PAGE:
This will be the first in a series discussing the three types of courts-martial to which service members may be subject. The Uniform Code of Military Justice (UCMJ) provides for three categories of courts-martial. These are (1) Summary Court-Martial, (2) Special Court-Martial, and (3) General Court-Martial. Each type of court-martial is associated with a distinctive character, justification, and punishment.
This week’s blog will focus on the Summary Court-Martial. A Summary Court-Martial involves a single commissioned officer, and is limited insofar as it may only try enlisted service members for non-capital offenses. The grade of the accused service member determines the punishment which may be imposed.
If the service member is above the fourth pay grade, a Summary Court-Martial is capable of imposing any punishment not forbidden by the law, with the following exceptions:
- Dishonorable or bad conduct discharge;
- Confinement for more than one month;
- Hard labor without confinement for more than 45 days;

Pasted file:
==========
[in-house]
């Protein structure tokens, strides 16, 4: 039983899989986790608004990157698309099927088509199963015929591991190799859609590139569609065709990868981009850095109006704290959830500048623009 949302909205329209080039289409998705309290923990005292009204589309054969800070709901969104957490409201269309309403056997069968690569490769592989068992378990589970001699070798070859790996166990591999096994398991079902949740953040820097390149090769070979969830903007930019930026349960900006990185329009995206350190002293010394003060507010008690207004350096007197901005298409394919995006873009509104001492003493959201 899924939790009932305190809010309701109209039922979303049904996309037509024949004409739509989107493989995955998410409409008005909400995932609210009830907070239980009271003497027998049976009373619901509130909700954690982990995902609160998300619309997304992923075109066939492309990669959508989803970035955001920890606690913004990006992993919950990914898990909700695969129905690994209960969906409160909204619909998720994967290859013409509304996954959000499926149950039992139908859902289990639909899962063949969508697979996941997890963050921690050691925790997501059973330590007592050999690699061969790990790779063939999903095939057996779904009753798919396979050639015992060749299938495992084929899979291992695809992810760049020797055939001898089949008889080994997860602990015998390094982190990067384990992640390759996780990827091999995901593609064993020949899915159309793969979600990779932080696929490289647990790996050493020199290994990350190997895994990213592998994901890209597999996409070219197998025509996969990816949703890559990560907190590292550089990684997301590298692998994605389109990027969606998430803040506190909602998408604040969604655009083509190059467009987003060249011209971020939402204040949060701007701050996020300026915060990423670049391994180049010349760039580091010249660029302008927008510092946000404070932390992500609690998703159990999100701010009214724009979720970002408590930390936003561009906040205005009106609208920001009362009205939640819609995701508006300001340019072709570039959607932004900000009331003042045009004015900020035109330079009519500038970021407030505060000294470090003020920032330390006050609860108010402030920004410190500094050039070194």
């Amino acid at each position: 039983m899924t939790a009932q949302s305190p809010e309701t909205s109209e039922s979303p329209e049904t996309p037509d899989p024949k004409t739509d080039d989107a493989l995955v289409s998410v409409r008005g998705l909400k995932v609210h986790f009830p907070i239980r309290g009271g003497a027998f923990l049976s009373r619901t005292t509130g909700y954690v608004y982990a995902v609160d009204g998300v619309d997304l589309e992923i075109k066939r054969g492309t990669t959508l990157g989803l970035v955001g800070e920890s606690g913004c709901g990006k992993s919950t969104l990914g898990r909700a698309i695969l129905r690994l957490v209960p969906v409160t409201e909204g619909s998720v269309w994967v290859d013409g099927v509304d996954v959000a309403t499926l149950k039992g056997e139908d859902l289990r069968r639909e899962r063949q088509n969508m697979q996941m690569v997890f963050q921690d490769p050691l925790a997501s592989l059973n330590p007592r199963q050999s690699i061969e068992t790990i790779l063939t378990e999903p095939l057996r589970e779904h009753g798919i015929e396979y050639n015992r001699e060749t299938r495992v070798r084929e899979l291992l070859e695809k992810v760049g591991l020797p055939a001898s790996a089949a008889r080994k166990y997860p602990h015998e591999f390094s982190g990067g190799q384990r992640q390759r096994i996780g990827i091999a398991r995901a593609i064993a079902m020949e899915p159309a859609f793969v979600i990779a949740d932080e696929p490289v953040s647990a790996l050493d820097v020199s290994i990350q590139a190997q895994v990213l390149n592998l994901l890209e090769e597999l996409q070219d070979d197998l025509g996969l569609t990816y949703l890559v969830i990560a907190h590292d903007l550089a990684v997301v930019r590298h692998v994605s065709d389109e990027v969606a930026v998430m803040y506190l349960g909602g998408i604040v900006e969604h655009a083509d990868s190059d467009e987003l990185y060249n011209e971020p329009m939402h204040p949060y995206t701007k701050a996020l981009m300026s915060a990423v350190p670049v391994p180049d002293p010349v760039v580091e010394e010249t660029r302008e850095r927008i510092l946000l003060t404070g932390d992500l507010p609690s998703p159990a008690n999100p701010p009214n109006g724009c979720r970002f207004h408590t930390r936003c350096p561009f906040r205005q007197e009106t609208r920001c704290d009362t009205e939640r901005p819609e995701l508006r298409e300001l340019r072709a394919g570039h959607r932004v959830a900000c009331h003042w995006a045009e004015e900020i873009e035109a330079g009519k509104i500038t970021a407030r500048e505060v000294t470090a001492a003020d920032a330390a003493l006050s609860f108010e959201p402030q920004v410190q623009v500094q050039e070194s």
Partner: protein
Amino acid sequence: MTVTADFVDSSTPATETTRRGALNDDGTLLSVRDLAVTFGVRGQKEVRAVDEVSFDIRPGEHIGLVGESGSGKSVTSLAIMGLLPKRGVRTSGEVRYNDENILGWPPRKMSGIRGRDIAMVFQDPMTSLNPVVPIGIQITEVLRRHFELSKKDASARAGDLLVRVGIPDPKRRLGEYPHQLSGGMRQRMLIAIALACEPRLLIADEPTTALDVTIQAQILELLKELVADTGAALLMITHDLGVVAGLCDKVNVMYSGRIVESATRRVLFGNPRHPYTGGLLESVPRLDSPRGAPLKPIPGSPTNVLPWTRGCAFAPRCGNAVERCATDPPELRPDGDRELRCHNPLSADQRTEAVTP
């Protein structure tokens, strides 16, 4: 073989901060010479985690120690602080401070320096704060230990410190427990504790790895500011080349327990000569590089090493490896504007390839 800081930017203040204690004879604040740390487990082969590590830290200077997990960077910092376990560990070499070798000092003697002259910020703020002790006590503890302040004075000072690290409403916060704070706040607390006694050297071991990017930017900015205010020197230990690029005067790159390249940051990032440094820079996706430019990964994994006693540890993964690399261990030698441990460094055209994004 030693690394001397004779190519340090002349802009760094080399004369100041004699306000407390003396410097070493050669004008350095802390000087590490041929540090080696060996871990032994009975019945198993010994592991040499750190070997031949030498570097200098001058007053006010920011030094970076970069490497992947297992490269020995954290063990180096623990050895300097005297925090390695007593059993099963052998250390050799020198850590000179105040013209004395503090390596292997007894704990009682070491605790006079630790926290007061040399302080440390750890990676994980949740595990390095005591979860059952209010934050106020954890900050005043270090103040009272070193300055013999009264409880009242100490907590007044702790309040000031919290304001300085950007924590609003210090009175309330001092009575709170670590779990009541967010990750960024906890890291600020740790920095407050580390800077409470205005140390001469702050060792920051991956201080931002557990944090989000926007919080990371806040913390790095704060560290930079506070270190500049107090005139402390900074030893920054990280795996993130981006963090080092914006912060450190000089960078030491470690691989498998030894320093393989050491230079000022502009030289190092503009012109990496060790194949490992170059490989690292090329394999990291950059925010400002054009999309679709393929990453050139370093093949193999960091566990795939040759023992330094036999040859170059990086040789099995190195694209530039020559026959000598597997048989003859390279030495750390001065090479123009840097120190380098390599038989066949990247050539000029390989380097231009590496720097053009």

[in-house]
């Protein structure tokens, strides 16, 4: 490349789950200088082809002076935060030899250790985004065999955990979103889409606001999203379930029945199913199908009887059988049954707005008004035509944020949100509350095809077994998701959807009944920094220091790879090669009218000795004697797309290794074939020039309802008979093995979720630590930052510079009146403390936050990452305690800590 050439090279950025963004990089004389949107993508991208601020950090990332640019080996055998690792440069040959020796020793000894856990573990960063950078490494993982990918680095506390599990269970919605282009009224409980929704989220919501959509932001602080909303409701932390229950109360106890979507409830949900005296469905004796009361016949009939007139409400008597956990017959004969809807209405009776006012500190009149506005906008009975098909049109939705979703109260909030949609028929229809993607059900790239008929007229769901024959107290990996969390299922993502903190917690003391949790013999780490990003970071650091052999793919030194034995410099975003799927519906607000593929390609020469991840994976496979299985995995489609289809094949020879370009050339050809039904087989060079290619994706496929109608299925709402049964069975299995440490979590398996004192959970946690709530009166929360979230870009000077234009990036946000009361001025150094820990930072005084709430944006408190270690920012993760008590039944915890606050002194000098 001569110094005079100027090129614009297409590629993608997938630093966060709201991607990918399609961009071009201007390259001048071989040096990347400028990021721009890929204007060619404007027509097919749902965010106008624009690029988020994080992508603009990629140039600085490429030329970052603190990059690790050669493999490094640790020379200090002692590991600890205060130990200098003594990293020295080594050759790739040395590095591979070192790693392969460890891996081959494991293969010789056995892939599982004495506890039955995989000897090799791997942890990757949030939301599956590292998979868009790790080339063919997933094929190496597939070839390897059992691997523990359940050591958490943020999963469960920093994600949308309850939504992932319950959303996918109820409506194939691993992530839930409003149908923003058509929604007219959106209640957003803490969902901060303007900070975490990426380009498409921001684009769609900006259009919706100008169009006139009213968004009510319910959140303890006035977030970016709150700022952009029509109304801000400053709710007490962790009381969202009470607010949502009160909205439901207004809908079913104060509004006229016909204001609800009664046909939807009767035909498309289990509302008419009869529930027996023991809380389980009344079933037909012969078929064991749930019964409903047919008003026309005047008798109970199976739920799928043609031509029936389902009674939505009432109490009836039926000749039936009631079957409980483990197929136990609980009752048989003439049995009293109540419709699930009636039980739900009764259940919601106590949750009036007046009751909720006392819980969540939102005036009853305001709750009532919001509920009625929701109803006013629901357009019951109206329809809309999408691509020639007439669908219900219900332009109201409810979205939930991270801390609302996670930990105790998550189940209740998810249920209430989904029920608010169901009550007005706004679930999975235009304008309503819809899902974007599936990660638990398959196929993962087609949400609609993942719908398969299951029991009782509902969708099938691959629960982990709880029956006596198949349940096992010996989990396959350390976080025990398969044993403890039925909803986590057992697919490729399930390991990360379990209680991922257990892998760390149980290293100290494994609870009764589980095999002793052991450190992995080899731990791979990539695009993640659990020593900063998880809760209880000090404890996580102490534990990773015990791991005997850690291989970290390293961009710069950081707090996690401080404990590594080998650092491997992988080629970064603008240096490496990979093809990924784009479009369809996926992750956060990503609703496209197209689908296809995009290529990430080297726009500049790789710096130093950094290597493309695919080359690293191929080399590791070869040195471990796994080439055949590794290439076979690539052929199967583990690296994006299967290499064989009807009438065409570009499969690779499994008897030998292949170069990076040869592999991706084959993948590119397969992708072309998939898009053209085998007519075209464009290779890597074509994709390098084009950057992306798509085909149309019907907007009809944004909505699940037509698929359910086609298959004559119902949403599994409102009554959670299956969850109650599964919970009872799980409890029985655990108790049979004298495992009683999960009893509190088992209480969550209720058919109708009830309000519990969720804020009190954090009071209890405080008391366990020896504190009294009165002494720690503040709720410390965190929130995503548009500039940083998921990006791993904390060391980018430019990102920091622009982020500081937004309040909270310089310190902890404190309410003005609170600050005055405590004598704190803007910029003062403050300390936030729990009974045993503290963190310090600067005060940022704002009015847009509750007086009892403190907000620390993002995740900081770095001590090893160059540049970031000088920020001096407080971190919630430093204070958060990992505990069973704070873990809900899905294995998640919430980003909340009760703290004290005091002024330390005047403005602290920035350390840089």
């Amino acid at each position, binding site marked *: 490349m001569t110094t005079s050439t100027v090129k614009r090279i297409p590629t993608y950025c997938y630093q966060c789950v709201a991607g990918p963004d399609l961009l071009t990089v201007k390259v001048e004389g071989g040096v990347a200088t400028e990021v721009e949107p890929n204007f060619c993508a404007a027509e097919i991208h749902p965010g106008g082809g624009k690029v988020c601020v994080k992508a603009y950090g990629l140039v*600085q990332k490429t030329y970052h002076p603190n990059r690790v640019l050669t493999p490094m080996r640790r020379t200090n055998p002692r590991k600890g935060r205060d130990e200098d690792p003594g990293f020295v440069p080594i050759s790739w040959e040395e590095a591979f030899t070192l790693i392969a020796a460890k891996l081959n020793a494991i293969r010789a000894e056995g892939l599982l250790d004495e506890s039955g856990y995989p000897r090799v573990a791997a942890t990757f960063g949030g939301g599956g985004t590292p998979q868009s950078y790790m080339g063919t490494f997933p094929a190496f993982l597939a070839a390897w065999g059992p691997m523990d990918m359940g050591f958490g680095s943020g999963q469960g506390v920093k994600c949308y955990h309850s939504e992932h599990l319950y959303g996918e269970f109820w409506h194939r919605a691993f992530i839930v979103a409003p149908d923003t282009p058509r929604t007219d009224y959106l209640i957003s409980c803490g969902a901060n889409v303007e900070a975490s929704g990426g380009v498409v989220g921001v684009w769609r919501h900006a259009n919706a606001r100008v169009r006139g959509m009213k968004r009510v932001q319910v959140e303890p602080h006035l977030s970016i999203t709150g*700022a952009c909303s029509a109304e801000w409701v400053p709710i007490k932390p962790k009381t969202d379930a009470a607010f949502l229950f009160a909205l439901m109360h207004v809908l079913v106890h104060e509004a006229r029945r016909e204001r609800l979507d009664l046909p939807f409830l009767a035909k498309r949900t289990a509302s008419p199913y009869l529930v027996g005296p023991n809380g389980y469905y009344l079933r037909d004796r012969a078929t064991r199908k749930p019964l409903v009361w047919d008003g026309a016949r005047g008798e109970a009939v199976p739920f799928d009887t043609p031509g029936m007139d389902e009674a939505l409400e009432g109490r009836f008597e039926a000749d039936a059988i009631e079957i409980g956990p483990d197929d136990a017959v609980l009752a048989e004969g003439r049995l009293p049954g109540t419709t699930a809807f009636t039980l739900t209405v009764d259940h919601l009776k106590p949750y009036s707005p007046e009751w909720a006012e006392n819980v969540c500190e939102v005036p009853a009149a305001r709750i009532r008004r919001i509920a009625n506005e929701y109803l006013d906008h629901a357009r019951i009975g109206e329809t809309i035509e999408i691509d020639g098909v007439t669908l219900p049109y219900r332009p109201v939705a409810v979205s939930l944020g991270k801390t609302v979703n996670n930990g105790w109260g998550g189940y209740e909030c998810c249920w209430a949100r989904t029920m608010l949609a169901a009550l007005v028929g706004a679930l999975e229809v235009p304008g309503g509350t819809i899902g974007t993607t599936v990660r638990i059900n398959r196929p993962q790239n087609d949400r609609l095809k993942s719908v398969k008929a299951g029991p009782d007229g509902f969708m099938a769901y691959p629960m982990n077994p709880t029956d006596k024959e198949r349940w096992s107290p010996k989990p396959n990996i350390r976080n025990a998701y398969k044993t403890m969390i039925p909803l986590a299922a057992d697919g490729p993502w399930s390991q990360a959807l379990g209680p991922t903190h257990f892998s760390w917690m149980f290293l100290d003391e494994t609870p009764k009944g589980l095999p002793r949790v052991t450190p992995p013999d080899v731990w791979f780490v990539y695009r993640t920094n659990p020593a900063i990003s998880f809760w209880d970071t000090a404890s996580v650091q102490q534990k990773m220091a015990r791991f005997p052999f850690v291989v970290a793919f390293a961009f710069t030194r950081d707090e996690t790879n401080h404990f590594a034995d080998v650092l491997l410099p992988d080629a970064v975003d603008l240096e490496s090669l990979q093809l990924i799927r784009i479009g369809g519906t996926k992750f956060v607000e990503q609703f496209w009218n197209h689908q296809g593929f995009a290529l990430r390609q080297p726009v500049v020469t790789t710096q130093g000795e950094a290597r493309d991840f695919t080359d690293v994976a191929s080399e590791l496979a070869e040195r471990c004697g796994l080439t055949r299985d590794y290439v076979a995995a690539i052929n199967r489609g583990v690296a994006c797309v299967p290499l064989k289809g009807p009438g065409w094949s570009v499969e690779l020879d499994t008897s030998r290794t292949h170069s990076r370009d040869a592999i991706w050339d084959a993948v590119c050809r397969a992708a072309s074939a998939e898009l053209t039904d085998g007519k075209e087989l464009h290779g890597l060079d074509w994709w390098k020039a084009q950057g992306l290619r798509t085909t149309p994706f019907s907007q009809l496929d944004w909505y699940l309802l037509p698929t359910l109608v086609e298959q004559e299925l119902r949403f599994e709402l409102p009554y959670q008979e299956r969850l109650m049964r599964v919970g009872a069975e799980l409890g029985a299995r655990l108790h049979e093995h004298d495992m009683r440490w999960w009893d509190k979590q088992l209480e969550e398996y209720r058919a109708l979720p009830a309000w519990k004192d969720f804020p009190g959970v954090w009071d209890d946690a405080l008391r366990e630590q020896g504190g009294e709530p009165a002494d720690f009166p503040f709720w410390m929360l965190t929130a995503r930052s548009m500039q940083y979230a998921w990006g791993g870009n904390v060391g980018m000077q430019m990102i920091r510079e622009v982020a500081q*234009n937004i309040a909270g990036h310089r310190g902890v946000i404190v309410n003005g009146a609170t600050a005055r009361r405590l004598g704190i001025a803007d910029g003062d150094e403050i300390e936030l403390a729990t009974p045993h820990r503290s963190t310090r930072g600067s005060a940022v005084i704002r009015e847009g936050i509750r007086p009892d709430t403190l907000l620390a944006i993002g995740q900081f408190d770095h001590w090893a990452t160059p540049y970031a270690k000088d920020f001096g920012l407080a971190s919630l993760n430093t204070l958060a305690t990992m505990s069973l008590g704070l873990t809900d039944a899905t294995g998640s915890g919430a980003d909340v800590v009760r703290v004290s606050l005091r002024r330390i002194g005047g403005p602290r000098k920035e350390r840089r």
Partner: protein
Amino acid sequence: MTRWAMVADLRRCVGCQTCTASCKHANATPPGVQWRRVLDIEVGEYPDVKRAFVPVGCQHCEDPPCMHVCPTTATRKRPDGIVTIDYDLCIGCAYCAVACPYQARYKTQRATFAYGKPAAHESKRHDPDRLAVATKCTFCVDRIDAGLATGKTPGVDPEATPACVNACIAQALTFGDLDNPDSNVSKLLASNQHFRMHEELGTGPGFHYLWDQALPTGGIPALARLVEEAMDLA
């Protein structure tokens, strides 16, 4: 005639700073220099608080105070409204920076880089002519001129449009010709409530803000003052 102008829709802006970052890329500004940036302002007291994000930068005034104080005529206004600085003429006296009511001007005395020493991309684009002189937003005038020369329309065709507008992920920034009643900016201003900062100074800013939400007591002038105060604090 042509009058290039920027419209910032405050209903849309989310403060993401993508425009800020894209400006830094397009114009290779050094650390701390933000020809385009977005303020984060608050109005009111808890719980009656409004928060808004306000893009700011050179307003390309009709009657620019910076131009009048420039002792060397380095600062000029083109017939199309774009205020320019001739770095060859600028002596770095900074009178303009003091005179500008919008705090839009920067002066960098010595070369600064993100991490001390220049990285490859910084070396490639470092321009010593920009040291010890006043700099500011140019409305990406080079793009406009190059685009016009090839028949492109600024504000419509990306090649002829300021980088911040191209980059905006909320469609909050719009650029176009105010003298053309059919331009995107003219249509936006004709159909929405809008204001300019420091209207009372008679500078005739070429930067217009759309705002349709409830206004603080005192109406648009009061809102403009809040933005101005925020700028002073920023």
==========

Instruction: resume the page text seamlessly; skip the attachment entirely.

- Restriction to specified limits for more than two months; and
- Forfeiture of more than two-thirds of one month’s pay.
For all other enlisted members, the Summary Court-Martial may also impose confinement for not more than one month and may reduce the accused to E-1, the lowest pay grade.
The accused service member possesses the right to decline trial by Summary Court-Martial. While they do not have the absolute right to an attorney, the hearing will be delayed to allow them sufficient time to retain civilian counsel. Accused service members have the right to cross-examine witnesses, call witnesses, produce evidence, and testify or remain silent.